At one point there were six or seven small wineries in the little township nearby, but only one managed to survive the depression. And Henschke has been going strong ever since. Like most Australian wineries in the 19th Century and the early parts of the 20th, Henschke produced sweet, fortified wines that were in demand around the world, and could easily withstand the hardships of export by sea without microbial problems. But in the 1950’s interest in dry table wine began to emerge in Australia, and Paul Gotthard Henschke’s grandson Cyril began experimenting with some of the old vine Shiraz on the property, which by that time were already 100 years old.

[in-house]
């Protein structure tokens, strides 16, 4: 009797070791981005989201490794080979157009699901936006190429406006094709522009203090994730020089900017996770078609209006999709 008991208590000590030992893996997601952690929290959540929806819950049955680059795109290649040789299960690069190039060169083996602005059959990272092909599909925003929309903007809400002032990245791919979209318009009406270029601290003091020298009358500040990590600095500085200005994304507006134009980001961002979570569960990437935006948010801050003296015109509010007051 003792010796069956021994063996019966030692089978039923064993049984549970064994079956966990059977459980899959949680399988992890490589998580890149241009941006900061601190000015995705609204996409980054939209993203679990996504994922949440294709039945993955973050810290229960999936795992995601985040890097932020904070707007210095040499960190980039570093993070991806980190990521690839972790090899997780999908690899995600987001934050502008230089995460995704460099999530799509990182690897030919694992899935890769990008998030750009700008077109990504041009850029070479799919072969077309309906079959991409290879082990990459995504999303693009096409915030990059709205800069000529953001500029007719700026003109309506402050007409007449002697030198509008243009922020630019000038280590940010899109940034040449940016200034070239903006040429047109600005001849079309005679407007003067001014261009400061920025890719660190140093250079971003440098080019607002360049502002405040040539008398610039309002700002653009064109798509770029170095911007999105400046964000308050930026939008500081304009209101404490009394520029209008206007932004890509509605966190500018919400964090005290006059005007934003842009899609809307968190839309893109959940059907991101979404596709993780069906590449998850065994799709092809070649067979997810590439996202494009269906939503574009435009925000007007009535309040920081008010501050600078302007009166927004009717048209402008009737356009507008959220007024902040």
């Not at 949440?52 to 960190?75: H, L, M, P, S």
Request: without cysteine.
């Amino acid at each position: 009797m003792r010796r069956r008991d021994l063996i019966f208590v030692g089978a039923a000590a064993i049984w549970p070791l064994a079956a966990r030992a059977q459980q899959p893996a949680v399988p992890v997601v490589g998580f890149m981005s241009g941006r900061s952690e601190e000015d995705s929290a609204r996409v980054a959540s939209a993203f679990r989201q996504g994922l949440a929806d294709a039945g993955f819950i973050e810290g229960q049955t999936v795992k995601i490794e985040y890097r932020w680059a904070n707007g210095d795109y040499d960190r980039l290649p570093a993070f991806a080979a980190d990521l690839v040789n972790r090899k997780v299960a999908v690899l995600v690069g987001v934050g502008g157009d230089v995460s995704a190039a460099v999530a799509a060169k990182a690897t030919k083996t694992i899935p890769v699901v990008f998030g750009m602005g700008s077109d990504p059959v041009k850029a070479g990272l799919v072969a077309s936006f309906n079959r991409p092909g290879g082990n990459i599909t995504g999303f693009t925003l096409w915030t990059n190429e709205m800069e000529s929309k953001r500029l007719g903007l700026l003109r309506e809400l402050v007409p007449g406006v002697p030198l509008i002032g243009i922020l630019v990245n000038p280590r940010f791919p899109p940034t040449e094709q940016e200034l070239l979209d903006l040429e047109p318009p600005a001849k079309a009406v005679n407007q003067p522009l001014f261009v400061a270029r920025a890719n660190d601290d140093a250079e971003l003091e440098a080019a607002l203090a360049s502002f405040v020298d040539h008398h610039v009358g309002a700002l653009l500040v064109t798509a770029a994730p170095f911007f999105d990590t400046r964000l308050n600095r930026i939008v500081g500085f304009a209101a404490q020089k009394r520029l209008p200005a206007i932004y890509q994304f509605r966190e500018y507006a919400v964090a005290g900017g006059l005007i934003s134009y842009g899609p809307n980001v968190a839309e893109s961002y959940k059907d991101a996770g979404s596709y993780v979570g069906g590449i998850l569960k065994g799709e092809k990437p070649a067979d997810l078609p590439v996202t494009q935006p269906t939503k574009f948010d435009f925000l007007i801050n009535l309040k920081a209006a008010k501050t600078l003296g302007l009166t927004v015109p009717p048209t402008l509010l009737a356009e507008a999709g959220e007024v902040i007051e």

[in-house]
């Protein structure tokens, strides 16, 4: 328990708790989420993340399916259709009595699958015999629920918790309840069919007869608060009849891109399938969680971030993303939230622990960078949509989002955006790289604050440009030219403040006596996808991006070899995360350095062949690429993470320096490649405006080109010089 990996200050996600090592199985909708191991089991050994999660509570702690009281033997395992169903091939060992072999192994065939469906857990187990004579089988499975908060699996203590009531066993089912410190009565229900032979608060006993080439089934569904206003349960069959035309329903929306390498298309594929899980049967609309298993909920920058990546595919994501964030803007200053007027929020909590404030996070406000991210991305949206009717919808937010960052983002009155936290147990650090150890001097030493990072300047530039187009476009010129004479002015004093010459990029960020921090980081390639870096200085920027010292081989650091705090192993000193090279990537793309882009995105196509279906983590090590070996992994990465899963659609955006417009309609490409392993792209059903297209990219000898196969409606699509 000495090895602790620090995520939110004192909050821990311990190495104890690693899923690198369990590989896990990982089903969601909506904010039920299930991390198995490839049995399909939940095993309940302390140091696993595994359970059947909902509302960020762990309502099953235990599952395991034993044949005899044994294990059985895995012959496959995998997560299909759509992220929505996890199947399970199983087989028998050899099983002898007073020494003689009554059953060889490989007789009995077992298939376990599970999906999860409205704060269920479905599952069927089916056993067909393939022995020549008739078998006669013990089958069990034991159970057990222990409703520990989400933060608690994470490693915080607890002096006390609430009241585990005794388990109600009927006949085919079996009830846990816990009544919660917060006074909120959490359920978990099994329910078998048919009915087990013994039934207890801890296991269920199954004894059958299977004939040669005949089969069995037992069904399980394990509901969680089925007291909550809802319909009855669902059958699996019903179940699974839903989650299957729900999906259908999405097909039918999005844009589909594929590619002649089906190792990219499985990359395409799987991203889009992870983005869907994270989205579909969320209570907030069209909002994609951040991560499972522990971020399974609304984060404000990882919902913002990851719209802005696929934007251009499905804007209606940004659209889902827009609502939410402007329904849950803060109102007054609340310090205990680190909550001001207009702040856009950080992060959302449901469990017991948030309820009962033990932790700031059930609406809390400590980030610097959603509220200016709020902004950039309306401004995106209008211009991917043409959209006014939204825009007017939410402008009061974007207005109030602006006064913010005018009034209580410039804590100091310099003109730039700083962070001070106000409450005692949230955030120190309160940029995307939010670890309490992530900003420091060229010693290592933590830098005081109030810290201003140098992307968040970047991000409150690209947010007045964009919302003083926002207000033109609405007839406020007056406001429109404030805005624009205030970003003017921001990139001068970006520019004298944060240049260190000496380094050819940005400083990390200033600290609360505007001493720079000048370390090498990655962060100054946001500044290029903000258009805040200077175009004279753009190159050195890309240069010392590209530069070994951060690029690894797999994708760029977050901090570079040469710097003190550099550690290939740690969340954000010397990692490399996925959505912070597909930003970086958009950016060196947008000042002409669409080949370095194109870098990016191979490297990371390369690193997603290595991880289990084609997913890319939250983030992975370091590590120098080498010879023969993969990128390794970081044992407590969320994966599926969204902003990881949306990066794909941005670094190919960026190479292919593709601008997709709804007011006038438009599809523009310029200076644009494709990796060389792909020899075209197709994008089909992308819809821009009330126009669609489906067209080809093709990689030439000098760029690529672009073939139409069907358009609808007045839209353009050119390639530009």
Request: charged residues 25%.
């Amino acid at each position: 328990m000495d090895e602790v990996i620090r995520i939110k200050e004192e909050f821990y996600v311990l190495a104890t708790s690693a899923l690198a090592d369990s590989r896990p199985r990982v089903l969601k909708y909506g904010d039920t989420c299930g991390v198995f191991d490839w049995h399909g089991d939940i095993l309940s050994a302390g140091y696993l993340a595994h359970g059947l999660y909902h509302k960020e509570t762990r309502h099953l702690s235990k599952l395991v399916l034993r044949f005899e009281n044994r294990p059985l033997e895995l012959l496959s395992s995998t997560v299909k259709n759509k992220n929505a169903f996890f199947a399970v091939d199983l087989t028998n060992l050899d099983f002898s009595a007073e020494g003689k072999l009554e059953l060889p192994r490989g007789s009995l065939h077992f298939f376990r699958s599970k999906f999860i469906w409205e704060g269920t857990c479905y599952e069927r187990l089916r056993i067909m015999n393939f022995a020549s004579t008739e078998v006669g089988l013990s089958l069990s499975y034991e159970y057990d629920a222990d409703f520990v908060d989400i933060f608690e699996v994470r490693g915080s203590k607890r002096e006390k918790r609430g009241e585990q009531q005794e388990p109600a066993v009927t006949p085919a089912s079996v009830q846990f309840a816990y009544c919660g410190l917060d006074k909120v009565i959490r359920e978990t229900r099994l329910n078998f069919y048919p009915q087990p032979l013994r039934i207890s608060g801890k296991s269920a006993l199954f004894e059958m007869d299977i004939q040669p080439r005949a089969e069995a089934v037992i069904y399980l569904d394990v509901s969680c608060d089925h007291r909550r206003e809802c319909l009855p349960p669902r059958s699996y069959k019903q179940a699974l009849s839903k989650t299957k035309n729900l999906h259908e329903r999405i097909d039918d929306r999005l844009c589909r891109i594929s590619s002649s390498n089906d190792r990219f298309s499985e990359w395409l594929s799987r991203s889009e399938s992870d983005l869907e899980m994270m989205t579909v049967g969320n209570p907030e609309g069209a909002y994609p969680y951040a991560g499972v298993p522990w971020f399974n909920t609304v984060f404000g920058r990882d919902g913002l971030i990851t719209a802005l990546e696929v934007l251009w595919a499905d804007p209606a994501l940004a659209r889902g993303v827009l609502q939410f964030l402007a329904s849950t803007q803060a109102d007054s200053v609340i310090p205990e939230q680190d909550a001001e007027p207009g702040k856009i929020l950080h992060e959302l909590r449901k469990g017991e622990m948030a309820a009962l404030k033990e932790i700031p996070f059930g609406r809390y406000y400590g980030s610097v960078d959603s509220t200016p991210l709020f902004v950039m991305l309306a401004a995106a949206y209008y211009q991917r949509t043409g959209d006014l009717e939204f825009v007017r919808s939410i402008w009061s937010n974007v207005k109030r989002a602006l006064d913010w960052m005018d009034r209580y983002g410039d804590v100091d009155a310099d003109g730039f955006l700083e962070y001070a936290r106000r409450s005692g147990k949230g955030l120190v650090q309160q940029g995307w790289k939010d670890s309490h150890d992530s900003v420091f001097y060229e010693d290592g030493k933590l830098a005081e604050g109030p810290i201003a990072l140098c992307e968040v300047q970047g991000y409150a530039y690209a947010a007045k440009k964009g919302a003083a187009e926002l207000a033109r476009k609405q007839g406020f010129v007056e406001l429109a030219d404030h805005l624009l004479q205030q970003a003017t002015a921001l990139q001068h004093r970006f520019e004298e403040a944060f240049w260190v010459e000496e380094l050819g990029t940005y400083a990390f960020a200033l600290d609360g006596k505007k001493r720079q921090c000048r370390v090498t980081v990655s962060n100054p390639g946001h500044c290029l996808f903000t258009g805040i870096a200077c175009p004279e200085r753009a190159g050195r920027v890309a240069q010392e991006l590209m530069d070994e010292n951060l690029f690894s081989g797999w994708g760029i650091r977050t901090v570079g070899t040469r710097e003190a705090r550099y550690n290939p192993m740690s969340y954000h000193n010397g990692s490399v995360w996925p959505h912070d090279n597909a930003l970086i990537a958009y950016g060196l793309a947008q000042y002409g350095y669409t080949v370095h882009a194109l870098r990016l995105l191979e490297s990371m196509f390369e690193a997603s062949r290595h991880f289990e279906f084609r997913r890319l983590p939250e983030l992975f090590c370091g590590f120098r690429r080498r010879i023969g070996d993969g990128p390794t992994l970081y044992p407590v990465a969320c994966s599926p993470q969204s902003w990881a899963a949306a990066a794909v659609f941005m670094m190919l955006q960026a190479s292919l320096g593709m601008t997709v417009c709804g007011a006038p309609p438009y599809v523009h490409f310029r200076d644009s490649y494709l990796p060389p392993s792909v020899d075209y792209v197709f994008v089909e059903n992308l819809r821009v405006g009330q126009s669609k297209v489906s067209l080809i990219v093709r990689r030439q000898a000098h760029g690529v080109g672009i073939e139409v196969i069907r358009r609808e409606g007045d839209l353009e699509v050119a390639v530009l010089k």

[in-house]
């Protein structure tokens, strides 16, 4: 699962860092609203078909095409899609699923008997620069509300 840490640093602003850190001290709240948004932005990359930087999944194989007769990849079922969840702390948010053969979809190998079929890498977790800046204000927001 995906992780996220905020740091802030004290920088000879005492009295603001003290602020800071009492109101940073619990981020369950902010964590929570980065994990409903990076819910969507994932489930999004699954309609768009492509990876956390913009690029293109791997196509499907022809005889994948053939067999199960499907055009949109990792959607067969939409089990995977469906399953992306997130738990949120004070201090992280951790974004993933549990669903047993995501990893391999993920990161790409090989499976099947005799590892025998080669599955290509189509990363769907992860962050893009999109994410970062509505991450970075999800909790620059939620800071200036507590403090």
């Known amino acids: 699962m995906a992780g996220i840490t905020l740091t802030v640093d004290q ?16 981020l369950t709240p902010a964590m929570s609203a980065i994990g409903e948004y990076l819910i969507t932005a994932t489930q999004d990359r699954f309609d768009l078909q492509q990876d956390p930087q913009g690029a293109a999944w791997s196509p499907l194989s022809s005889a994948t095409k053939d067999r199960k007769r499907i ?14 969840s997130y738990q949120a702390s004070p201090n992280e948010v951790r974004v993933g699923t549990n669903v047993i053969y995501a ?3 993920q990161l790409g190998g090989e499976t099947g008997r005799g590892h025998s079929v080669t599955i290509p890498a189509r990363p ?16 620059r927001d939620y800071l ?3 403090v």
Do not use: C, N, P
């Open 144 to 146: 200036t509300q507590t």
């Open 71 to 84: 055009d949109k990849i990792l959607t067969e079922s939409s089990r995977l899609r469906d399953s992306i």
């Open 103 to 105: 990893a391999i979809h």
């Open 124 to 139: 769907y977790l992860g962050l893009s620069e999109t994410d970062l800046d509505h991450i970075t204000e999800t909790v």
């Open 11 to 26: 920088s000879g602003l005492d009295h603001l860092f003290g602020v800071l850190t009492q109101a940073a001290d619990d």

In 1952 Cyril made a dry Shiraz from his Mt. Edelston vineyard, and in 1958 he made the first single-vineyard wine from a vineyard named Gnadenberg, which means “Hill of Grace,” after the old Lutheran church which lies just across the road from the vineyard. Cyril would go on to be a pioneer of dry table wine in the Barossa Valley, and one of the winemakers responsible for the worldwide recognition of Australian Shiraz as a serious wine. And the Hill of Grace would go on to become one of the single most famous Australian vineyards, which it remains today — its own-rooted Shiraz vines now more than 145 years old.